Is it best to exercise incentive stock options before or after death?

October 17, 2011

Date:   Mon, 17 Sep 2007
From:   Dick


I have a client who is terminally ill (life expectancy less than 6 months). My client has about $1.5 million in ISOs, with an option price of about $300,000 and an unrealized gain of $1.2 million.

What are the tax implications of exercising the ISOs before death and selling the resulting shares after death, assuming all of this is accomplished during 2007? My client lives in Texas, a community property state.

Would it be better to exercise the ISOs after death?

Thanks for any insight into this taxing question.


Date:   16 Oct 2007

Hello Dick,

For ISO’s that are unexercised at death, the holding period requirements and the requirement that the holder be an employee within three months after leaving employment are eliminated. (Internal Revenue Code Section 421(c)(1)(A).) The employee must have met the employment requirement as of the date of death. (Treasury Regulations Section 1.421-2(c)(1).)

Therefore, for regular tax reporting, any gain with respect to any stock received from exercising an ISO after death will be a capital gain. Whether the capital gain is short-term or long-term will depend on the holding period of the stock after exercising the option.

The basis of shares acquired from exercising an ISO after death equals the estate tax value of the option plus the option price.

For AMT reporting, ISO’s are taxed like NQOs. When an ISO is exercised, there will still be an AMT adjustment for ordinary income, resulting in an item of income with respect of a decedent. The AMT basis of the ISO stock will be the option price plus the ordinary income reported for AMT.

When the ISO is exercised before death, a transfer of the stock by bequest or inheritance is not a disqualifying disposition. (Internal Revenue Code Section 424(c)(1)(A).)

Exercising the option before death will result in an AMT, and the AMT credit will disappear at the death of the employee.

The holding period requirement is waived with respect to stock sold after the death of the employee. (Treasury Regulations Section 1.421-2(d).) Therefore, a sale of the stock will not result in a disqualifying disposition.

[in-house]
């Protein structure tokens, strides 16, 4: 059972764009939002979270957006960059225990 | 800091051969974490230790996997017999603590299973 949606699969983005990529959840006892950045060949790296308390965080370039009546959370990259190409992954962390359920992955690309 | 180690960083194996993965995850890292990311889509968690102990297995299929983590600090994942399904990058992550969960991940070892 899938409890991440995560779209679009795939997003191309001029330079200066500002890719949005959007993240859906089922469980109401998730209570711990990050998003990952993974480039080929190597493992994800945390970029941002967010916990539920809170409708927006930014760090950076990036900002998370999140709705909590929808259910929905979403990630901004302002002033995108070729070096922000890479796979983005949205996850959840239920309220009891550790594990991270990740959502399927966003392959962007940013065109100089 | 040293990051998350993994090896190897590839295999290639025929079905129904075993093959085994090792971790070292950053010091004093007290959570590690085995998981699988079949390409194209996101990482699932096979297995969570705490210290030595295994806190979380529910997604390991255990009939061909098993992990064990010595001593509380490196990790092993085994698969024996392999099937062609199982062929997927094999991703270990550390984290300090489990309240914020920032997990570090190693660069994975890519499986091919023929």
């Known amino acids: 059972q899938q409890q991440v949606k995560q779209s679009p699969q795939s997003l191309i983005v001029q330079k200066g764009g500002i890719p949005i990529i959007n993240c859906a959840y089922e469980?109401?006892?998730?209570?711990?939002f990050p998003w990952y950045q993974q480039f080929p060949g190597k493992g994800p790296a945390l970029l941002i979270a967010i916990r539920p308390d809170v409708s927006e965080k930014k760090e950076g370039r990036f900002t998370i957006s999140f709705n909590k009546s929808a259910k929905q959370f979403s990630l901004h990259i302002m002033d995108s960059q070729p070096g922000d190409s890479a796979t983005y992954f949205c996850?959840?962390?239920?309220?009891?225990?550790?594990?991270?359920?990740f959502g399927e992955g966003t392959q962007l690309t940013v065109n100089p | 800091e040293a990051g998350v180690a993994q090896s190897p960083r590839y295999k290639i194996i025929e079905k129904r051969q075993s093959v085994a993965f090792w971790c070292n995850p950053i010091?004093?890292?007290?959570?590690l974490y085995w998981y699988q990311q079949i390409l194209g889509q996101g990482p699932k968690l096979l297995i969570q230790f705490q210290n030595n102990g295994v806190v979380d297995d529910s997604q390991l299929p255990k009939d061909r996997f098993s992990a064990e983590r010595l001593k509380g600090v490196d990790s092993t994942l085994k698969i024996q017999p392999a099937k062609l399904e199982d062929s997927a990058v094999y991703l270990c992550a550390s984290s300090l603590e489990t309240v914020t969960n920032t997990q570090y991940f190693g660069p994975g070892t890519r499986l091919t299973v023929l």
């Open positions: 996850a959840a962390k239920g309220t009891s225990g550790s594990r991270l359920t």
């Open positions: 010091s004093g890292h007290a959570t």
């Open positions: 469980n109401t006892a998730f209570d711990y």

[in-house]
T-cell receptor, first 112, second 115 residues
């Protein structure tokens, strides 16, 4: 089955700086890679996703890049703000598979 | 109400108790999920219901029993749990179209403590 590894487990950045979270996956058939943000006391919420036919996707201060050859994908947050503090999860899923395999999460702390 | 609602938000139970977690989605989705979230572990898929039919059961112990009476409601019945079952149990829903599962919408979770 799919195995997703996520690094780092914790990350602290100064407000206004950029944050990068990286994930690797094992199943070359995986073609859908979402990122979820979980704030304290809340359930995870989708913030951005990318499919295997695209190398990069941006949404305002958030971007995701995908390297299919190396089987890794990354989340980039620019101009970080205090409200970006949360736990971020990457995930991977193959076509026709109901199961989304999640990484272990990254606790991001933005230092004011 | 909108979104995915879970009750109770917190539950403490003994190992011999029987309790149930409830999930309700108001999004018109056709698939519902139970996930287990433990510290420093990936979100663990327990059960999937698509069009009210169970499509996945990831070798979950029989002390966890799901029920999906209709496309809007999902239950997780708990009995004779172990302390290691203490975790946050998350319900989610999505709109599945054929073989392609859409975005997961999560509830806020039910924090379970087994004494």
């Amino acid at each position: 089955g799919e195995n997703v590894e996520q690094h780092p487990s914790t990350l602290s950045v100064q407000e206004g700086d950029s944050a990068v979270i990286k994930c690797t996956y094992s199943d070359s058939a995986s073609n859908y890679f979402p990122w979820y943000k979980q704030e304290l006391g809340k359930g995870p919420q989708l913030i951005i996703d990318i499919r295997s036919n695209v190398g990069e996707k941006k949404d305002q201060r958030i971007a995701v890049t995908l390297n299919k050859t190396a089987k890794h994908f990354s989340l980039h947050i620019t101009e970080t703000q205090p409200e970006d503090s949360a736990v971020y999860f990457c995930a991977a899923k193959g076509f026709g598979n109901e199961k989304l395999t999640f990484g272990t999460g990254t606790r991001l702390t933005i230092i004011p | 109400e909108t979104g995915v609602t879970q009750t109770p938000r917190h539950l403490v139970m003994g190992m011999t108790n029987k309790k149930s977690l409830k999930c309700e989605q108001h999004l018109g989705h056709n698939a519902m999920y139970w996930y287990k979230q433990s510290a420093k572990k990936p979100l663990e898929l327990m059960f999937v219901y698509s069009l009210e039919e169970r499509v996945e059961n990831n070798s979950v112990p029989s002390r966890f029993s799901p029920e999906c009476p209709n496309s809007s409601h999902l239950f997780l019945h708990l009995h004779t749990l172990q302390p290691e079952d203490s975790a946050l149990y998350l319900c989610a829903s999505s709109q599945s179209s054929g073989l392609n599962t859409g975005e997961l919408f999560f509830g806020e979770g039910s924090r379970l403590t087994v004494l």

Under the rules relating to inherited property, the tax basis for the stock will be the fair market value as of the date of death or the alternate valuation date (Internal Revenue Code Section 1014(a), and the gain with respect to the sale of the stock will be a long-term capital gain (Internal Revenue Code Section 1223(11).) For stock held as community property, the basis adjustment and new holding period applies to 100% of the stock, regardless of which spouse is first deceased (Internal Revenue Code Section 1014(b)(7).) (These basis adjustment rules could change if the repeal of the estate tax becomes effective in 2010.)

Determining the “correct” answer to your question involves unknowns, including changes in the price of the stock on the date of exercise, the date of death and the date of sale. A “rule of thumb” answer is it’s probably better to exercise before death, because the AMT will be deductible when computing the estate tax and getting a “fresh start” basis adjustment and long-term holding period after death. This decision could also have an impact on the amount to be allocated to trusts after death.

I recommend that your client consult with a tax advisor and an attorney about this matter before making a final decision.

Good luck!

Mike Gray

For more information about incentive stock options, request our free report, Incentive Stock Options – Executive Tax and Financial Planning Strategies.

Comments are closed.